Newspaper article The Christian Science Monitor

What's Next for Chvez and Venezuela?

Newspaper article The Christian Science Monitor

What's Next for Chvez and Venezuela?

Article excerpt

Fireworks and tweets reverberated through Caracas early yesterday morning, alerting Venezuelans that their president had unexpectedly returned home after spending two months convalescing in a Havana hospital.

President Hugo Chvez's reported predawn arrival sparked celebrations in front of the Dr. Carlos Arvelo Military Hospital in Caracas where Chavez is said to be seeking further cancer treatment, but left many asking questions.

"The enthusiasm is relative," says Eloy Torres, a political science professor at Santa Mara University and a former administration diplomat. "Doubts remain as to how the president arrived, hidden like contraband. No one has seen him; it's a mystery."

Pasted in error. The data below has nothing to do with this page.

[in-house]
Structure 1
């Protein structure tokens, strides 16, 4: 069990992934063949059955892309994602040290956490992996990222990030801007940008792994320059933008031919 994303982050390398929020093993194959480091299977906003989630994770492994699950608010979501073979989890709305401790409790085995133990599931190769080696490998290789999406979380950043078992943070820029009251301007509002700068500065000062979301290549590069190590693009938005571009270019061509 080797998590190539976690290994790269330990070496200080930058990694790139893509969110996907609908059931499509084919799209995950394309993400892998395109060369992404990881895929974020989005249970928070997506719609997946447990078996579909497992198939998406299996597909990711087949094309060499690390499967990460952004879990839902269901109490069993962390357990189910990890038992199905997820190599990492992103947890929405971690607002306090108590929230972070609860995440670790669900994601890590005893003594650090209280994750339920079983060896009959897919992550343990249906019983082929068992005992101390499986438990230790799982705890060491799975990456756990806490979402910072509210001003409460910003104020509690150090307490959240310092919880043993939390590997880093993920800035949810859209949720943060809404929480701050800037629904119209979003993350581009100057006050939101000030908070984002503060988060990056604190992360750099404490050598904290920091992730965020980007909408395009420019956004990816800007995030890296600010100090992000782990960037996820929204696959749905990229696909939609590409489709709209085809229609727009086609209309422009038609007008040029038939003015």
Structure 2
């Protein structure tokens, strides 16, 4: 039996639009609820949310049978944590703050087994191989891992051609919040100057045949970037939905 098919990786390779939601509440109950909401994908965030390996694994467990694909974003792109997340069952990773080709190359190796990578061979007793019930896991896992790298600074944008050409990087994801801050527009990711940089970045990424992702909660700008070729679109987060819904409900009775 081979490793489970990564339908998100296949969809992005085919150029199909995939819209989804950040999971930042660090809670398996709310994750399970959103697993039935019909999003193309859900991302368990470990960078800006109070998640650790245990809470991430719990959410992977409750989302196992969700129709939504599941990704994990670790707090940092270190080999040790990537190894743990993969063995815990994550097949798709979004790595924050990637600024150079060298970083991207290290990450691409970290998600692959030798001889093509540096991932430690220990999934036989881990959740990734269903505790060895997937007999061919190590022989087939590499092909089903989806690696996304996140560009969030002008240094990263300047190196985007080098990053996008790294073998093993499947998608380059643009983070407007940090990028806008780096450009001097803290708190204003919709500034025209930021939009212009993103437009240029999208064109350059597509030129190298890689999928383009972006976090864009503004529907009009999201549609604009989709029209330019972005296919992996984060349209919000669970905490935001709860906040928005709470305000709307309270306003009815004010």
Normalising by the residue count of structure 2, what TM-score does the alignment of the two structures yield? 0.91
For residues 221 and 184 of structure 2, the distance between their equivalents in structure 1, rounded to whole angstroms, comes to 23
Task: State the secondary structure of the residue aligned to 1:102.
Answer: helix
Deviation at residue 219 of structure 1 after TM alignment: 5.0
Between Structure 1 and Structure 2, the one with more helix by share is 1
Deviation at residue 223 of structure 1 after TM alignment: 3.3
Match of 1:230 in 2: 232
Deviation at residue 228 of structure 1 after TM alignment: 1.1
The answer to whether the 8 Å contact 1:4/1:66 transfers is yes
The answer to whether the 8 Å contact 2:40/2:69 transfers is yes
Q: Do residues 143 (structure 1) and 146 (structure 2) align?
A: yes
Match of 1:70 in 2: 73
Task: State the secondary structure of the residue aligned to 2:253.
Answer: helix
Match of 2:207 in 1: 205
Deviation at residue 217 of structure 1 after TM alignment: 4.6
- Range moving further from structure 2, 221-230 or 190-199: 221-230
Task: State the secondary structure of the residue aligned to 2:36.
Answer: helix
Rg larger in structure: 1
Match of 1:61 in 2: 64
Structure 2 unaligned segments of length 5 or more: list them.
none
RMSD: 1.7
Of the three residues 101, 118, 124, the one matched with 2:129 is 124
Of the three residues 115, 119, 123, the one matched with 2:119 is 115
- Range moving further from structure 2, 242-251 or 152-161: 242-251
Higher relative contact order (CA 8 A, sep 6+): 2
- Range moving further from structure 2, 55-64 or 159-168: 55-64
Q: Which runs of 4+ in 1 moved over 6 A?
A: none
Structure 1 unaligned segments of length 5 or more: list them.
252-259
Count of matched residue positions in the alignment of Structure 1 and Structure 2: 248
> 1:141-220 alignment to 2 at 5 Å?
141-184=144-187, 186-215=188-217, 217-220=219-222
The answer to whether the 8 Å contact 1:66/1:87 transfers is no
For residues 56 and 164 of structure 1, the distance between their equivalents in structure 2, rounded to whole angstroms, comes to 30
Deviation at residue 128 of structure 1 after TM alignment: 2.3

Although news of the arrival sent the usually soft-spoken Information Minster Ernesto Villegas chanting, "He's back! He's Back!" on state television, there has not yet been any third-party confirmation that the president is indeed on Venezuelan soil. He has not been seen in public since Dec. 10, 2012.

Julio Lares, a computer technician, admits that while he was delighted to have his president home, whether or not he'll be at the helm again is entirely different matter.

"You can't put your faith into something you haven't seen," Mr. Lares says.

While the president's homecoming provides a morale boost for his followers, the uncertainty surrounding his ability to pick up where he left off as president leaves Venezuela in a state of political limbo.

Matter resolved?

For weeks, Venezuela's political opposition demanded full disclosure of Chvez's condition. According to Venezuelan law, if the president is unable to fulfill his duties, new elections are to be held. Until yesterday students were staging protests in front of the Cuban Embassy in Caracas, citing a lack of transparency by the Venezuelan government, and expressing fears that the communist island was interfering with domestic politics.

There had been mounting international pressure as well. Some believe the move to release photos of Mr. Chvez last Friday the first image shared with the public since his December cancer operation was an attempt by the administration to quell the growing questions about the missing leader. …

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